Orioles will win again, but there will never be another Earl of Baltimore

Hall of Fame manager Earl Weaver took a long look at the larger-than-life bronze likeness of himself that was unveiled at Camden Yards on Saturday and expressed his heartfelt gratitude to the people who made it possible.

"My thanks to Mr. Angelos and the Angelos family,'' he said, "and thanks to Toby Mendez, the sculptor, who made me look like Buck."

It was vintage Earl. He spent 10 minutes at the unveiling ceremony giving credit for his amazing record as Orioles manager to the men who mentored him in the minor leagues, the owners and executives who gave him his chance to manage in the major leagues and the players who carried him to five 100-win seasons in Baltimore. Then he wrapped it all up with a bit of self-effacing humor that reflected how much he still pays attention to what's going on at Camden Yards.

The statue, one of six commissioned by the team to honor the six Orioles who have had their uniform numbers retired, stands above center field, facing Frank Robinson and the platforms that will bear Jim Palmer, Eddie Murray, Cal Ripken and Brooks Robinson. It features Weaver in a signature pose, staring out at the action with his hands tucked into his back pockets.

The reference to current manager Buck Showalter was a nod to those who have said since he took over the team during the 2010 season that he bears a passing physical resemblance to Weaver and also shares some of his managerial attributes.

Weaver apparently agrees. He has gone out of his way to show his support and said Saturday that he feels confident that Showalter and baseball operations chief Dan Duquette have the Orioles moving in the right direction.

Orioles fans can only hope, but the hundreds that crowded into the Garden of Greats to watch the unveiling — both young and old –— seemed to grasp the weight of such an endorsement from the Earl of Baltimore.

They cheered the introduction of the Orioles Hall of Famers in attendance. They cheered louder for Robinson and the three others in the front row who will have their statues unveiled over the next three months. They have not forgotten what it used to be like and have not given up on the idea that that the Orioles can be great again.

There will, however, never again be anyone like Weaver, whose volatile personality and keenly analytical baseball mind played a lot bigger role than he wants to admit in the uninterrupted success that made the Orioles one of the cornerstone franchises in the American League from the 1960s into the 1980s.

No other manager in major league history ever won 100-or-more games in his first three full seasons in the major leagues. Only 18 other managers are enshrined in the National Baseball Hall of Fame.

Weaver led the Orioles to the World Series in each of those first three full seasons and won his only World Series title in 1970. He said again and again during his speech at the unveiling and his news conference afterward that he couldn't have done it without all the great players who passed through the home clubhouse at Memorial Stadium, but everybody knows that he was one of those rare managers that not only won games, but changed baseball along the way.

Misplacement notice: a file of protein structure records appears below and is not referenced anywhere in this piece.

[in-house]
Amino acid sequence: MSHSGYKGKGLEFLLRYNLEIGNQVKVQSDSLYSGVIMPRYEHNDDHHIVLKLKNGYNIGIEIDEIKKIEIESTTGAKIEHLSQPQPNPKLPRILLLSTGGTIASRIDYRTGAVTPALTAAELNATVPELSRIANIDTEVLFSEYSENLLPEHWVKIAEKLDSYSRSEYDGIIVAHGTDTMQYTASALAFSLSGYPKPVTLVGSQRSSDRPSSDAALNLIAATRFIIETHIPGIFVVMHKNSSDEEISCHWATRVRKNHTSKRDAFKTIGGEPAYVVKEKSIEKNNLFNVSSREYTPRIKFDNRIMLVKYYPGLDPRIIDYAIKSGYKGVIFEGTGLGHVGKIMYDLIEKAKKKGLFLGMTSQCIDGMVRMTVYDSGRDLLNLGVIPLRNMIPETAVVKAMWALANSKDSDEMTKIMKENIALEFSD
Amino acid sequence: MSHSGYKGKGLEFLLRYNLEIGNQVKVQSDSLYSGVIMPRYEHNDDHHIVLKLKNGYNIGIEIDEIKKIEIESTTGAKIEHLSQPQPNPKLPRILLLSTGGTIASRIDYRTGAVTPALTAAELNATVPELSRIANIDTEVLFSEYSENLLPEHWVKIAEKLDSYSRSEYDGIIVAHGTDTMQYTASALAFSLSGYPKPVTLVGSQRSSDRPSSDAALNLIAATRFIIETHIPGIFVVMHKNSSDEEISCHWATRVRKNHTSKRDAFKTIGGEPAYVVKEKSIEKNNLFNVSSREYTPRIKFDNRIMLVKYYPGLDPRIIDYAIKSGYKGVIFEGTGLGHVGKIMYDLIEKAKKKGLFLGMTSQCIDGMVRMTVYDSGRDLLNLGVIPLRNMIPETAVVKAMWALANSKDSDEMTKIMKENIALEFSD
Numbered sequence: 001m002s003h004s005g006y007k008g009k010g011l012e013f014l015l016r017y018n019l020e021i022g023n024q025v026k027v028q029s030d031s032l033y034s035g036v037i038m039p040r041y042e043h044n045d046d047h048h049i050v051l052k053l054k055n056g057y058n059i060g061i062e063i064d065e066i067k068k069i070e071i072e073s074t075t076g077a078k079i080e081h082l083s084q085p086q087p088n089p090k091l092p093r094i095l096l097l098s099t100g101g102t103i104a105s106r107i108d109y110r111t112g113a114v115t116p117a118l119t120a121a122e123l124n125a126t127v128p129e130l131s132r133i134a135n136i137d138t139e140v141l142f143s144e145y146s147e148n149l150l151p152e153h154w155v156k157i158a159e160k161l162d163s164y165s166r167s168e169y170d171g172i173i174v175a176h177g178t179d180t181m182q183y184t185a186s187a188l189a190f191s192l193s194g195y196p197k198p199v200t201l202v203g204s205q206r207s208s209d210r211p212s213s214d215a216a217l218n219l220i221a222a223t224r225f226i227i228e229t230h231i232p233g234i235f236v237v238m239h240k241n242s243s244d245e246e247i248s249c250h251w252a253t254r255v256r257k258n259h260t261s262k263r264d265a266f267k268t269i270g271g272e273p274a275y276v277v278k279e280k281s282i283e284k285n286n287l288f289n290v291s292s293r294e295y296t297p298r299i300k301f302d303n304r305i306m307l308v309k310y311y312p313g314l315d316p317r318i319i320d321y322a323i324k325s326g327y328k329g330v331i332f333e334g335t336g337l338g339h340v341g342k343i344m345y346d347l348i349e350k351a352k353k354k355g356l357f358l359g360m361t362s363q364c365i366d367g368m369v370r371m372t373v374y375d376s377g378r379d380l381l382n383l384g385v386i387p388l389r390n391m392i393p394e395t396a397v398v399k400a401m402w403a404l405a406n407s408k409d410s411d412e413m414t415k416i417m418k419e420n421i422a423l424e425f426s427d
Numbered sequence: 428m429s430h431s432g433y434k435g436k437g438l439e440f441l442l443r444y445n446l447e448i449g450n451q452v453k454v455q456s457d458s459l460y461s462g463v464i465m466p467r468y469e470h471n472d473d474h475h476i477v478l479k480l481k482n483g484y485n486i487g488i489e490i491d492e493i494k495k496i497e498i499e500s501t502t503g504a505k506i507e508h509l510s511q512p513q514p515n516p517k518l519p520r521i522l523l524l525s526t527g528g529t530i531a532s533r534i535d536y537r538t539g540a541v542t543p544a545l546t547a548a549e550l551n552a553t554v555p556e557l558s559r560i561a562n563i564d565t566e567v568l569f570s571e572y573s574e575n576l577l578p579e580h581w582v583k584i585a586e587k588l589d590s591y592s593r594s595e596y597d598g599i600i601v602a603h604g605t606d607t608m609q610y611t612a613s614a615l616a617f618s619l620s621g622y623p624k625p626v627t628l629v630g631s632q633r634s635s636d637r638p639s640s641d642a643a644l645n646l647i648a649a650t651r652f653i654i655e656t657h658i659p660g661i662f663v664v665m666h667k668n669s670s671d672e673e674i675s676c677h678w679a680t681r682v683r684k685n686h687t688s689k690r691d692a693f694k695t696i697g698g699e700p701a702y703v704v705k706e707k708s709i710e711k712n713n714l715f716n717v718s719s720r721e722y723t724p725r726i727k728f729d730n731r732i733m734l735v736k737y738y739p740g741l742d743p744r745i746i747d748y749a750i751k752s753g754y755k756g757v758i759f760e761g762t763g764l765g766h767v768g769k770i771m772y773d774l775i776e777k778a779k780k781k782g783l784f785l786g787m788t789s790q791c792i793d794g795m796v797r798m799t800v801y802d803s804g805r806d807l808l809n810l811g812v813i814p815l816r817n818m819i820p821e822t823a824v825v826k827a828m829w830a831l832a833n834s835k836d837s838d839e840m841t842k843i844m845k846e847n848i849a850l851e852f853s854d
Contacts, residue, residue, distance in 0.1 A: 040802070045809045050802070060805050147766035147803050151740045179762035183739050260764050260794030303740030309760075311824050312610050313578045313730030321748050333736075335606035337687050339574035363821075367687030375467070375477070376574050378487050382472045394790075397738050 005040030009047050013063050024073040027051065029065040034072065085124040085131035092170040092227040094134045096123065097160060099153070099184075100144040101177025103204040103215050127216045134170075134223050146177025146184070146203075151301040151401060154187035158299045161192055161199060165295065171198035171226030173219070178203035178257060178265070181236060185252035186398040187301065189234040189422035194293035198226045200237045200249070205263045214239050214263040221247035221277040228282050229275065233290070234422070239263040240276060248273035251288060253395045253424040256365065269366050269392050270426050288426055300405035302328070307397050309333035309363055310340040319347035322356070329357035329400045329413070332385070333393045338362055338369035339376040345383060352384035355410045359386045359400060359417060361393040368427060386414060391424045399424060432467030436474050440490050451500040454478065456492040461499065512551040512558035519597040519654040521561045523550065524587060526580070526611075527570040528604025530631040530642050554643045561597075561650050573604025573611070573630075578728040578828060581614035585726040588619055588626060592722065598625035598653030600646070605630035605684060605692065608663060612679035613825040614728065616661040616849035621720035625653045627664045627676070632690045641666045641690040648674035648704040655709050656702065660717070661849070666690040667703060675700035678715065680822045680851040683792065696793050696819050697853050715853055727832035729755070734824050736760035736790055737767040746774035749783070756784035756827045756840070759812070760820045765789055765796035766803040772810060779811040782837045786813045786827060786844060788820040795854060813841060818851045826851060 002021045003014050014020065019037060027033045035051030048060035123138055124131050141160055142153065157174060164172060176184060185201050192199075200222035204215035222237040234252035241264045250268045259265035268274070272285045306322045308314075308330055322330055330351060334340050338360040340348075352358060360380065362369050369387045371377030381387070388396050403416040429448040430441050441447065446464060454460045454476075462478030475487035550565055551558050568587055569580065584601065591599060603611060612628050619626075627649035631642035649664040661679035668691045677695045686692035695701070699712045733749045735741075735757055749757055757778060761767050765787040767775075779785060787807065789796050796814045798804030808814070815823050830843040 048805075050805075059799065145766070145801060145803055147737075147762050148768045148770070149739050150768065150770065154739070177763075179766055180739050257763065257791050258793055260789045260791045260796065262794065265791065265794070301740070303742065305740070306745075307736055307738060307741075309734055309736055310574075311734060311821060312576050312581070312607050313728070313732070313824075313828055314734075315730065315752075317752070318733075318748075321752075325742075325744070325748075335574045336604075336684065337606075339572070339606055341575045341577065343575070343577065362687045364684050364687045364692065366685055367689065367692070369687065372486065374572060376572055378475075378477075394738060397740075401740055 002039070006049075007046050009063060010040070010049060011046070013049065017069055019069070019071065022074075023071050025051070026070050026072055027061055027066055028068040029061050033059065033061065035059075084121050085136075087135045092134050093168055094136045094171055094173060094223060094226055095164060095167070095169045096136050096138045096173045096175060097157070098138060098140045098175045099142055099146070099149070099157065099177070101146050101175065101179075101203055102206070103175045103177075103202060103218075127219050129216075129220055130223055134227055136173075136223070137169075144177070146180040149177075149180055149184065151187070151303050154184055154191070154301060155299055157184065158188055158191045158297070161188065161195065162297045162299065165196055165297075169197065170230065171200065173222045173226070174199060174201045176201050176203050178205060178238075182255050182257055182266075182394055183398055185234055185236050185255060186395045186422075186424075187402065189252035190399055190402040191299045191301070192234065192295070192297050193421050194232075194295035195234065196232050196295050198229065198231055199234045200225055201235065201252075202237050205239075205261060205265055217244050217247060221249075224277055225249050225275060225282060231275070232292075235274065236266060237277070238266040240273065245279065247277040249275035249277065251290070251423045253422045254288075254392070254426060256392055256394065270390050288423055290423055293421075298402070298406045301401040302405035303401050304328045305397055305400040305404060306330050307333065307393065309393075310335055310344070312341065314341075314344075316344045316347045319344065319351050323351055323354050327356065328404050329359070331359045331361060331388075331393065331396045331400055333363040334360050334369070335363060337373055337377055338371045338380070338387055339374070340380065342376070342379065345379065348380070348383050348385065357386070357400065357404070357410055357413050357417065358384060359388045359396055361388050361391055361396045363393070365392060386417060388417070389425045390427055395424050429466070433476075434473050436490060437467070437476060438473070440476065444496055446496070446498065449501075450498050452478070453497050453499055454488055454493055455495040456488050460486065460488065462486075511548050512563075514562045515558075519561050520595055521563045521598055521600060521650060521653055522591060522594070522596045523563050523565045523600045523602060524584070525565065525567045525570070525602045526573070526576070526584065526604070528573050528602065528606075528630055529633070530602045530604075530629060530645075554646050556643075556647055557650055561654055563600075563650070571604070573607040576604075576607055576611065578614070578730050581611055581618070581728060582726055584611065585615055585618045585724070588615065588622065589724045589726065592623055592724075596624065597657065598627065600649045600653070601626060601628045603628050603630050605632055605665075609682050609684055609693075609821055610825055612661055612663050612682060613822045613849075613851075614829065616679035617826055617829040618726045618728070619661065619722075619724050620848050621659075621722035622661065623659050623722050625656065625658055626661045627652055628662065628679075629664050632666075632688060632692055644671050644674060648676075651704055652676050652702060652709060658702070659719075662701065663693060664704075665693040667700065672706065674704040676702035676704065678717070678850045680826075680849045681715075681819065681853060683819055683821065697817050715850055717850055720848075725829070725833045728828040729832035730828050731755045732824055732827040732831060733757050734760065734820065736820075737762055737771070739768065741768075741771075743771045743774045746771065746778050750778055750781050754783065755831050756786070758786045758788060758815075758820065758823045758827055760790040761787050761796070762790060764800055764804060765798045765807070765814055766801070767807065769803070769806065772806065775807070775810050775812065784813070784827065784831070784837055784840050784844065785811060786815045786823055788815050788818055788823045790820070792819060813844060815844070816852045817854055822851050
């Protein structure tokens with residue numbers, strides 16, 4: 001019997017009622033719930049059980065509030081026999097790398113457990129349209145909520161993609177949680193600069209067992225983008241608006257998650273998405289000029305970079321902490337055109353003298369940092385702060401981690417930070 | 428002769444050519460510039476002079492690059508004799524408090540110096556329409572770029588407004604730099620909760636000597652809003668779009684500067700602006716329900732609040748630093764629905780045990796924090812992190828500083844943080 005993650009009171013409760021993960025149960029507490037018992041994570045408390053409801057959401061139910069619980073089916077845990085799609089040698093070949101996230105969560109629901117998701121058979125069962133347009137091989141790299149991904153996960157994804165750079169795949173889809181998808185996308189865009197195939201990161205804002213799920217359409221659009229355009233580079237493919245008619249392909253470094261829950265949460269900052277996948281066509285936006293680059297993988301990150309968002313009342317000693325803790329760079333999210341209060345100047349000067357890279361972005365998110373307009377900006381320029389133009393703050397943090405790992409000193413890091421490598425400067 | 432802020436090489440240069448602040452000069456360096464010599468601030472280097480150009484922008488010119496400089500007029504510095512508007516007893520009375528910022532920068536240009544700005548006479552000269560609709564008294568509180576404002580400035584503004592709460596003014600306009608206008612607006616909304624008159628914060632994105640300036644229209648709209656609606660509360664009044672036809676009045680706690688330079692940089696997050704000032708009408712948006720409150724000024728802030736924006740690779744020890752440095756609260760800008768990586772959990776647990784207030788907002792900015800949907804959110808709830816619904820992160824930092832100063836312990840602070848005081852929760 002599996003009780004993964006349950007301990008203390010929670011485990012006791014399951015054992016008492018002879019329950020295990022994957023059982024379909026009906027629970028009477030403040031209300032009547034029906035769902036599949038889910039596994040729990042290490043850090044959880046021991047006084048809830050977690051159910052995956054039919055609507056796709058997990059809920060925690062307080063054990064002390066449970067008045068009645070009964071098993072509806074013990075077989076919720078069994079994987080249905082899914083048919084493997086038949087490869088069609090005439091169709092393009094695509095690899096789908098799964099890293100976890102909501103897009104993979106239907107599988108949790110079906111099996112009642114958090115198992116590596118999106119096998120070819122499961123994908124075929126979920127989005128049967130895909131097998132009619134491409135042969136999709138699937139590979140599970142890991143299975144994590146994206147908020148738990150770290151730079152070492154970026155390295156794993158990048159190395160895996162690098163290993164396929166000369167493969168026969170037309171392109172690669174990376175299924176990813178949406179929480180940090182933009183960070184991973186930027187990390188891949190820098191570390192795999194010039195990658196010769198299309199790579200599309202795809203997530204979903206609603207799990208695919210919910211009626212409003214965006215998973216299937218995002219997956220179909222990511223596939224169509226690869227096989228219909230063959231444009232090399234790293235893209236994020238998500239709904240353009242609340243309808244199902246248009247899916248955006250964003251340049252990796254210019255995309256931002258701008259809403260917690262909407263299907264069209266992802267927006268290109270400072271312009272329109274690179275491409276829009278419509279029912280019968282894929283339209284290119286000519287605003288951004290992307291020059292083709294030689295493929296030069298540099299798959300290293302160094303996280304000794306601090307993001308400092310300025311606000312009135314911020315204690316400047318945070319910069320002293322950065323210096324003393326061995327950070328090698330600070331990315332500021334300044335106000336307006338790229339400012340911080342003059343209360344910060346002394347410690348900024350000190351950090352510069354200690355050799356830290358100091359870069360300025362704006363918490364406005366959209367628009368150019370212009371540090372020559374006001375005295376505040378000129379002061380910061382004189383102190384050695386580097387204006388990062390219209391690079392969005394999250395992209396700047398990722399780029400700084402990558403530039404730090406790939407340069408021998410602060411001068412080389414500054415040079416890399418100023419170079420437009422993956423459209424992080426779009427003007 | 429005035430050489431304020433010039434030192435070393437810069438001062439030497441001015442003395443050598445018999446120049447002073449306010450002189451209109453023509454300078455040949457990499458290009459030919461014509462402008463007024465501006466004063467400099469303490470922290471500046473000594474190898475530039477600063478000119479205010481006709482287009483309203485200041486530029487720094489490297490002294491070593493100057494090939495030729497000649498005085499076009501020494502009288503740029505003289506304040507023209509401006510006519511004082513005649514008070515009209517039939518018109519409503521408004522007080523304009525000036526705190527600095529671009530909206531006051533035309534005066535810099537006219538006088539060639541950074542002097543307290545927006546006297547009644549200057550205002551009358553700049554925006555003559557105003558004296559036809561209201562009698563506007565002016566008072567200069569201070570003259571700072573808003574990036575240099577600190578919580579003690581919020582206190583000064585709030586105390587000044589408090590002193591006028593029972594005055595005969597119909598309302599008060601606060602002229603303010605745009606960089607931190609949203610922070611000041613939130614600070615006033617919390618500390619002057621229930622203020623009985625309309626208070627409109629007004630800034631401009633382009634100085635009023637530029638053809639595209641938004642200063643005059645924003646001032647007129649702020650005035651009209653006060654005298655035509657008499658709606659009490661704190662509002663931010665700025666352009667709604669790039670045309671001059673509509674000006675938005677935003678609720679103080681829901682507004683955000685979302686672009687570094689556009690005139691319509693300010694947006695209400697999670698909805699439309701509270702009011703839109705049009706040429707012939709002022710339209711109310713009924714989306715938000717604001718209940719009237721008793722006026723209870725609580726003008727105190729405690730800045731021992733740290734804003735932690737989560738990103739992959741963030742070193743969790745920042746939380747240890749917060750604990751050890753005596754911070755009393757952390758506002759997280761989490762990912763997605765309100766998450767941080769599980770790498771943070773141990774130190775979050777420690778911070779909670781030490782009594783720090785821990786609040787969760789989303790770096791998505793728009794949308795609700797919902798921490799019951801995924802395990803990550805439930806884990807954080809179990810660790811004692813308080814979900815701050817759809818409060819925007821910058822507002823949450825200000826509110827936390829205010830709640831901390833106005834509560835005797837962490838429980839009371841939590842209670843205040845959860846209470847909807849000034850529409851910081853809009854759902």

"I think because of how he got where he got he was not going to leave any stone unturned,'' Showalter said. "And I think the Orioles were very precious to him. He'd come up through the system for the most part and to be down there grinding and there's a lot of responsibility doing what he was doing and he didn't want to let people down."

Of course, he never let anyone in Baltimore down. There might have been some complaints from the umpires he bedeviled with his sarcastic wit and explosive temper, but that just endeared him all the more to Orioles fans who loved it when he turned his cap around went ballistic on favorite foil Ron Luciano or some other poor sap in blue.

During his 17-year major league career, he only had one losing season and that was after he came out of retirement to take over the team for the last 105 games of 1985 and a sub-.500 1986. He certainly could have managed longer, but said Saturday that he has enjoyed retirement and never regretted his decision to walk away when he was a relatively young man of 56.

When he was asked yesterday to put his career in perspective he didn't hesitate.

"What comes to mind is, 'Thank God those guys were there and thank God we won 100 games three years in a row so I could come back for a fourth,'' Weaver said. "And thank God for the fourth that won enough games for me to come back for the fifth … and on to 17."

Of the six Orioles greats who are to be immortalized in bronze, the only one not in attendance was Brooks Robinson, whose unveiling has been postponed until September for health reasons, but he sent his regards nonetheless.

"I admire Earl for what he has accomplished in his baseball career,'' Robinson said in a statement released by the team. "He worked his way up through the minor leagues to become a manager in the Baseball Hall of Fame. It was a pleasure to play for him. We had the best manager and I believe other teams knew that our manager was better. It gave us a competitive edge. I don't thin there was ever a guy who played for Earl that did not think that Earl made him a better player. It is great that Earl is getting this statue."

He didn't mention how much it looked like Buck.

peter.schmuck@baltsun.com

Read more from columnist Peter Schmuck in his blog, "The Schmuck Stops Here" on baltimoresun.com and listen when he co-hosts "The Week in Review" Fridays at noon on WBAL (1090AM) and wbal.com.

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